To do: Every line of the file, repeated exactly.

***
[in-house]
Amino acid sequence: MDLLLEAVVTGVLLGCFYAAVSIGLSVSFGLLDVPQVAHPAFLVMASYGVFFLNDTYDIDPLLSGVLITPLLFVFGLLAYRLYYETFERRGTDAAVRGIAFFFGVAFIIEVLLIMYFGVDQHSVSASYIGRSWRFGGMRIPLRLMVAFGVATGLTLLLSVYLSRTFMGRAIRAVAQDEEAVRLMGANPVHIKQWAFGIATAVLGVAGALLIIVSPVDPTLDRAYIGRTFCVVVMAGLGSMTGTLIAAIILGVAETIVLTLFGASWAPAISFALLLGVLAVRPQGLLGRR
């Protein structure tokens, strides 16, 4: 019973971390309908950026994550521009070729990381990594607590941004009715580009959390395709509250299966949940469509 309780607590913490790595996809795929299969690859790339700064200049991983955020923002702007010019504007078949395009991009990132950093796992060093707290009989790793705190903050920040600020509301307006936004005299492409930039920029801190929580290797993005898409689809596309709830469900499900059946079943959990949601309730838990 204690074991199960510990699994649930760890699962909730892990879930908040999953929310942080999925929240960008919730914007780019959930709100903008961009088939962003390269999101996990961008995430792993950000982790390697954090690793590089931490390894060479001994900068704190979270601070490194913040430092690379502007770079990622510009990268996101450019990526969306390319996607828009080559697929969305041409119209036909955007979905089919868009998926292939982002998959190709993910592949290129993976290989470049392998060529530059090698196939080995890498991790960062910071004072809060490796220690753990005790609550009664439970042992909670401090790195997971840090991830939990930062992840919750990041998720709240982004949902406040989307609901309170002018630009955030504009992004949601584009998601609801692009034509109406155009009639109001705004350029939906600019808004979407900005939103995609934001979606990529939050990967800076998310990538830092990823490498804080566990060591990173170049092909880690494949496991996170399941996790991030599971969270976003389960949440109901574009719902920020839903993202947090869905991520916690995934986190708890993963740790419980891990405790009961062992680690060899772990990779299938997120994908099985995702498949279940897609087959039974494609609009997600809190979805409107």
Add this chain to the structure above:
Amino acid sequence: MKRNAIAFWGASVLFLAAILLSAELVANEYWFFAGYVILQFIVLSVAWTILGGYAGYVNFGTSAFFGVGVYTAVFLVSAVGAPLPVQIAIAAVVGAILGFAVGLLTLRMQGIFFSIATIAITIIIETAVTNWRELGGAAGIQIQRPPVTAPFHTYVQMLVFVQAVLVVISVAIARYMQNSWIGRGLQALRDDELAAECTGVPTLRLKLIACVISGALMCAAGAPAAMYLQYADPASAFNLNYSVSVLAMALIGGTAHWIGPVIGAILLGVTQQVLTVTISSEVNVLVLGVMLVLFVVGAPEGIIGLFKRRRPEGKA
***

[in-house]
Amino acid sequence: MDLLLEAVVTGVLLGCFYAAVSIGLSVSFGLLDVPQVAHPAFLVMASYGVFFLNDTYDIDPLLSGVLITPLLFVFGLLAYRLYYETFERRGTDAAVRGIAFFFGVAFIIEVLLIMYFGVDQHSVSASYIGRSWRFGGMRIPLRLMVAFGVATGLTLLLSVYLSRTFMGRAIRAVAQDEEAVRLMGANPVHIKQWAFGIATAVLGVAGALLIIVSPVDPTLDRAYIGRTFCVVVMAGLGSMTGTLIAAIILGVAETIVLTLFGASWAPAISFALLLGVLAVRPQGLLGRR
């Protein structure tokens, strides 16, 4: 019973971390309908950026994550521009070729990381990594607590941004009715580009959390395709509250299966949940469509 309780607590913490790595996809795929299969690859790339700064200049991983955020923002702007010019504007078949395009991009990132950093796992060093707290009989790793705190903050920040600020509301307006936004005299492409930039920029801190929580290797993005898409689809596309709830469900499900059946079943959990949601309730838990 204690074991199960510990699994649930760890699962909730892990879930908040999953929310942080999925929240960008919730914007780019959930709100903008961009088939962003390269999101996990961008995430792993950000982790390697954090690793590089931490390894060479001994900068704190979270601070490194913040430092690379502007770079990622510009990268996101450019990526969306390319996607828009080559697929969305041409119209036909955007979905089919868009998926292939982002998959190709993910592949290129993976290989470049392998060529530059090698196939080995890498991790960062910071004072809060490796220690753990005790609550009664439970042992909670401090790195997971840090991830939990930062992840919750990041998720709240982004949902406040989307609901309170002018630009955030504009992004949601584009998601609801692009034509109406155009009639109001705004350029939906600019808004979407900005939103995609934001979606990529939050990967800076998310990538830092990823490498804080566990060591990173170049092909880690494949496991996170399941996790991030599971969270976003389960949440109901574009719902920020839903993202947090869905991520916690995934986190708890993963740790419980891990405790009961062992680690060899772990990779299938997120994908099985995702498949279940897609087959039974494609609009997600809190979805409107």
Add this chain to the structure above:
Amino acid sequence: MKRNAIAFWGASVLFLAAILLSAELVANEYWFFAGYVILQFIVLSVAWTILGGYAGYVNFGTSAFFGVGVYTAVFLVSAVGAPLPVQIAIAAVVGAILGFAVGLLTLRMQGIFFSIATIAITIIIETAVTNWRELGGAAGIQIQRPPVTAPFHTYVQMLVFVQAVLVVISVAIARYMQNSWIGRGLQALRDDELAAECTGVPTLRLKLIACVISGALMCAAGAPAAMYLQYADPASAFNLNYSVSVLAMALIGGTAHWIGPVIGAILLGVTQQVLTVTISSEVNVLVLGVMLVLFVVGAPEGIIGLFKRRRPEGKA